Following up on this quote, how tough do you think it is as a band, when a song, LP or a band can be decided on the basis of 30 seconds in this short attention span world instead of listening to a full LP or live set? Does this attitude affect The Condors at all?
It really doesn’t affect the band that much. I’ve always liked songs that could grab you right away. Many of the artists I enjoy make albums that serve as a collection of singles. A&R folk have always been particularly quick with their assessments of artists based on an analysis of a song, or group of songs. That short attention span plays a big part in deciding who gets signed and promoted by their label.
How do you think The Condors are doing with a resurgence of power pop bands coming out both new and older bands?
I think we’re able to play alongside live, and on air, with power pop bands of any age. We’re older than the newer groups, but we’re not mired in the past, so that’s a nice edge to have.
How do the Condors feel after being on so many best of lists for 2012? Any plans to get back in the studio quickly after all the positive reaction to 3 Item Combo? In the past, there have been a few years between each release.
Yes, we have one song already recorded, and I’ve been in the studio with our producer, Steve Refling, laying down guitar tracks with scratch vocals to make it easier for the others to learn the songs and record their parts. With the other three discs, I had to wait until the band was ready to record. Naturally that took time. The next disc will be assembled piecemeal, without having to wait to record in the studio as a unit. That option offers more flexibility and hopefully a leads to a faster recording process.
50 years ago people used to buy music and get their water for free. For Pat, who was one of the founders Flipside, how do you think this transition from LP’s to CD’s to digital only release to internet downloads to (arguable) vinyl rebirth affects music in any way for The Condors and other bands?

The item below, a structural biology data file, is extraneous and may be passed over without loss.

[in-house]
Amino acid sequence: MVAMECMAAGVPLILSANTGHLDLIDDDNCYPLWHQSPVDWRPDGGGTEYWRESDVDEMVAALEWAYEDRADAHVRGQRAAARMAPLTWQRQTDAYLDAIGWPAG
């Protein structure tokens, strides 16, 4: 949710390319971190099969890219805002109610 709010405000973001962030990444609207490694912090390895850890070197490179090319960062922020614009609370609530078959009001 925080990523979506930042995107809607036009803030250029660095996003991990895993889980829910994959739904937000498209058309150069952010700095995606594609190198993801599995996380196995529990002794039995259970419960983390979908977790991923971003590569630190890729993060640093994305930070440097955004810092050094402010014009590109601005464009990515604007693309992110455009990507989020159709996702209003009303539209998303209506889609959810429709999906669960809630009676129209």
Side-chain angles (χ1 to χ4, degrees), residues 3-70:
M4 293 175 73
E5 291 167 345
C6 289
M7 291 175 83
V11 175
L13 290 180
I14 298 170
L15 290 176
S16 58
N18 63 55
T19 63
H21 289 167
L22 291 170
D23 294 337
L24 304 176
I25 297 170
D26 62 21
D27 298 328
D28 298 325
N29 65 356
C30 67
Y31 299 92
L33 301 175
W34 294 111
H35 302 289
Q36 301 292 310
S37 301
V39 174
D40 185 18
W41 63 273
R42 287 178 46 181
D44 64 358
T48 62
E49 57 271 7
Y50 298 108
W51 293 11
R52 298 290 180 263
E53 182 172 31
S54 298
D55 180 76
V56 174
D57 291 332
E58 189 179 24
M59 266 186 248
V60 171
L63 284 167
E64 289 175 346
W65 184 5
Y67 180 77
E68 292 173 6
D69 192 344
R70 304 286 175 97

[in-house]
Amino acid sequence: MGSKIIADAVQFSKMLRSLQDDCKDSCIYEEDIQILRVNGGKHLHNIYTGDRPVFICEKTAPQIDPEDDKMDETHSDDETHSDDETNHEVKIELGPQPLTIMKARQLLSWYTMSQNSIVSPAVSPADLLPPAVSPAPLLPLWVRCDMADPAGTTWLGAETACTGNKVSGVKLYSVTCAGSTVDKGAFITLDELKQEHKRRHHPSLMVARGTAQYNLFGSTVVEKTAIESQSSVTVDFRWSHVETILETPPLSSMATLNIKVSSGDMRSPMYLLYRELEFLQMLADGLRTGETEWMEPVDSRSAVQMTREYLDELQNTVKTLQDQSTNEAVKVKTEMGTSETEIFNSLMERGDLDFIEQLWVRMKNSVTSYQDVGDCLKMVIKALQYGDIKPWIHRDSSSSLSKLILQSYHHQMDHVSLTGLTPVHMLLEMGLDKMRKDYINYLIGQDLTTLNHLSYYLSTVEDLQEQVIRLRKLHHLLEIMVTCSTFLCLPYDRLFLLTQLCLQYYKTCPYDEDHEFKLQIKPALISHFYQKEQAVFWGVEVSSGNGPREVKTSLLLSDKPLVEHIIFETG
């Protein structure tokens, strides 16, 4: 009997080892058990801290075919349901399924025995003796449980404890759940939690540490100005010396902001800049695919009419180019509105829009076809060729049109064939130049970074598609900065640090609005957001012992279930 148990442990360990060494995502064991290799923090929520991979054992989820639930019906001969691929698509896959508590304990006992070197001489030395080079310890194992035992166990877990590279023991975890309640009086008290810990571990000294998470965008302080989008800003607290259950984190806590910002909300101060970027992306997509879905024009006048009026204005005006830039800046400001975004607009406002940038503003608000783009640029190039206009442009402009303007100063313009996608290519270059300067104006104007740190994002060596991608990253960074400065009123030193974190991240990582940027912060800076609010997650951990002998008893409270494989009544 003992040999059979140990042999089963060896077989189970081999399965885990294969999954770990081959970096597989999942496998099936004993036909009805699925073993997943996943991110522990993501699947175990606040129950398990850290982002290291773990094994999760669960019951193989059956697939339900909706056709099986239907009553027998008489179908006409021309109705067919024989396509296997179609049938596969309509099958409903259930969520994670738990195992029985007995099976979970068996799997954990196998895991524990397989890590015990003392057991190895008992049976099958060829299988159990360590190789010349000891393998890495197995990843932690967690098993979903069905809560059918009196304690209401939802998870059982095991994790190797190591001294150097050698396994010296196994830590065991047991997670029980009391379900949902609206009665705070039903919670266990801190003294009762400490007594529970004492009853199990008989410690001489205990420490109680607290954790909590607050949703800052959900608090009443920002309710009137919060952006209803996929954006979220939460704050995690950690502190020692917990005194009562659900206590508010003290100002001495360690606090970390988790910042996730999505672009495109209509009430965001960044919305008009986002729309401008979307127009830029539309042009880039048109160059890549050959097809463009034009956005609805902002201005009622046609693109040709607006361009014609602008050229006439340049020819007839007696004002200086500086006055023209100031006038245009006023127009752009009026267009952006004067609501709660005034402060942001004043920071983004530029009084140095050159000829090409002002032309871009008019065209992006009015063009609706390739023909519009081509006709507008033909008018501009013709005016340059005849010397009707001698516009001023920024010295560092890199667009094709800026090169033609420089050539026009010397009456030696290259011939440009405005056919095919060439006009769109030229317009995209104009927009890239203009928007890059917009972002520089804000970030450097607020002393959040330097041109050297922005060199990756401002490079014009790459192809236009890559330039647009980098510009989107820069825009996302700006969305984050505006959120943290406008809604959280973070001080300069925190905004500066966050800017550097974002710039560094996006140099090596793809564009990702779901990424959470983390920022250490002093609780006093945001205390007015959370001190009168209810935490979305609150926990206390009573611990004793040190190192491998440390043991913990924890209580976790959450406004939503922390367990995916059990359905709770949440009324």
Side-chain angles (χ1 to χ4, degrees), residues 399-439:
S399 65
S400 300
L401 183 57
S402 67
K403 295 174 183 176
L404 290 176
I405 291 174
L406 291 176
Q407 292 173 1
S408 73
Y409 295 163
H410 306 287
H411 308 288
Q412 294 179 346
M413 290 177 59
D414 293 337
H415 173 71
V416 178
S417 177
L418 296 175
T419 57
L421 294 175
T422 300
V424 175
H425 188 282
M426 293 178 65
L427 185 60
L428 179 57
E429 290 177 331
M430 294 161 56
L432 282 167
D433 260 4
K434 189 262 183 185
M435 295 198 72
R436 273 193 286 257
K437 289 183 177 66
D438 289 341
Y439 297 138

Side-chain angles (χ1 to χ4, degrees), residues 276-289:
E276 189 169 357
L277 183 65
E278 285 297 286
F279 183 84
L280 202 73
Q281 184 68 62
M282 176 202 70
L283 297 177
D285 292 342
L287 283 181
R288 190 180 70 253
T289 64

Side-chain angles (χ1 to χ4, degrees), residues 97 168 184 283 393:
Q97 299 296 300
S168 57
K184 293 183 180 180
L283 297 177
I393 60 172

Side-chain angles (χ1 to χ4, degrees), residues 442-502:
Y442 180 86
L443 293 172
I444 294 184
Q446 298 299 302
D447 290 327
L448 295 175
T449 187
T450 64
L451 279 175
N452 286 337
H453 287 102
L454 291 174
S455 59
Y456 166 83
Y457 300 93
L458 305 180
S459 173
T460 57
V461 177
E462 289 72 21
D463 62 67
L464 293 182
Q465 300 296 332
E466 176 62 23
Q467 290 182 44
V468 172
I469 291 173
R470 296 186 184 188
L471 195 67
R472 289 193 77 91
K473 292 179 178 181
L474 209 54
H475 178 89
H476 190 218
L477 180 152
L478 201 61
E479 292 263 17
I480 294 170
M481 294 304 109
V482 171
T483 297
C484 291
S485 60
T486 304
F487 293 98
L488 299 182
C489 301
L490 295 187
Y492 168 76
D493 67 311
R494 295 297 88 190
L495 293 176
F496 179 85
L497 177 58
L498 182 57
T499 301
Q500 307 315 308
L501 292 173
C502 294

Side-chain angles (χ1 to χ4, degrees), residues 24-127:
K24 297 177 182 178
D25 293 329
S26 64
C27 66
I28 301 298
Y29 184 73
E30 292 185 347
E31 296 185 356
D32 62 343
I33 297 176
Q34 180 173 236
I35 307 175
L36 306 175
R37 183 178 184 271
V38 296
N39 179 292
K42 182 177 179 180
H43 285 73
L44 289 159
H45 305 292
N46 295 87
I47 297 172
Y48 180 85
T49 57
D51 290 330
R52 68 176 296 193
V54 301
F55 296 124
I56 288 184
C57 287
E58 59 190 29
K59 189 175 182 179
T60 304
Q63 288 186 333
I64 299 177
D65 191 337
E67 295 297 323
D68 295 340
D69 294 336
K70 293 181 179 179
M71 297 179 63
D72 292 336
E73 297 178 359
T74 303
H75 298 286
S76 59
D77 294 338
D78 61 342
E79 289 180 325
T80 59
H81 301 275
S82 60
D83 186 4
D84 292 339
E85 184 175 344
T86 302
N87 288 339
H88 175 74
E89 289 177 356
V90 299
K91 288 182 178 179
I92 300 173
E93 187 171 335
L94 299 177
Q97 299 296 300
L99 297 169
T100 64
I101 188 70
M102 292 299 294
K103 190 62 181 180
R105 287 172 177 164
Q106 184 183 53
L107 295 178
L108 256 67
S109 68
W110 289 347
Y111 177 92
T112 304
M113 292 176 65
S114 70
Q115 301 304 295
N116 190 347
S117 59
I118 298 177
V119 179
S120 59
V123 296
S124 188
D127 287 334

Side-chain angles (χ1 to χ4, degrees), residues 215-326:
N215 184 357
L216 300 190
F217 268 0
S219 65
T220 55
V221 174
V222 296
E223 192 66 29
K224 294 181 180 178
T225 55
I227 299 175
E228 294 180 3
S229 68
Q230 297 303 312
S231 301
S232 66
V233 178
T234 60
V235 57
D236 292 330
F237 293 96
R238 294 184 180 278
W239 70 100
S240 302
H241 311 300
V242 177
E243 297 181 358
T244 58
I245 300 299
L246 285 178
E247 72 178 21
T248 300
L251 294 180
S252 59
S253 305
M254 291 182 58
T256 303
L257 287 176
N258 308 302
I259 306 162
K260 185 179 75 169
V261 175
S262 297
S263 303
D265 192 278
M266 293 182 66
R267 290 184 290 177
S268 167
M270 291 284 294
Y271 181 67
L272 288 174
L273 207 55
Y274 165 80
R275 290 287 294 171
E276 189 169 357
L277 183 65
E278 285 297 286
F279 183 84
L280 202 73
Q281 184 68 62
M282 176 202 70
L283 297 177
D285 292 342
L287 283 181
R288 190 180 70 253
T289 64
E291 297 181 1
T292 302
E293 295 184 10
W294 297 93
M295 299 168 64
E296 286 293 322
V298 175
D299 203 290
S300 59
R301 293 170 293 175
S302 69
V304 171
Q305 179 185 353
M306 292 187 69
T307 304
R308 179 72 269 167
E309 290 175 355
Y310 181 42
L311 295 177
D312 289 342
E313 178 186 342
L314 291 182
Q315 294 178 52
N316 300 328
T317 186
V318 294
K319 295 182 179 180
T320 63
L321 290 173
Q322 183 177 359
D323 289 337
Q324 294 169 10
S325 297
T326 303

For the Condors, I don’t see it affects the music much. I sequenced “Wait for it” as if it was a disc with two sides anyway. I mean if you put out an album, you always have an option to listen/tape/download your favorite tracks, anyway. The creative process shouldn’t change, nor should the total music experience inherent in a piece of work.
If you could only own one of these classics bands, Nerves, Plimsouls or The Beat releases which bands would you own?
The Plimsouls were a far better live band than the other two acts, and they had a pulse on the city of Los Angeles. I consider Peter Case an elite songwriter, and he’s continued his craft on his solo discs.
What bands have directly influenced The Condors in sound and/or songwriting?
It varies disc-to-disc and member-to-member. I listen to a variety of styles on my Sirius radio when I’m driving. On 3 Item Combo, for instance, the song “Holiday” is my Ray Davies homage, “Angry Little Man” echoes Wilko Johnson’s attack, “Full Blown Love Attack” is Fleshtones inspired, while “Zzyzx Road” has an intro melody before the song kicks in, the way Cole Porter would often do. There’s a bit of Steve Earle that shows up now and then, too.
Where can people hear the band?
Right now, on our CDs and through the usual online channels and sites. We’re taking a break from playing live to concentrate on the next release.
What’s next for The Condors?
Write new songs, put out the follow up to 3 Item Combo, and then play live behind it.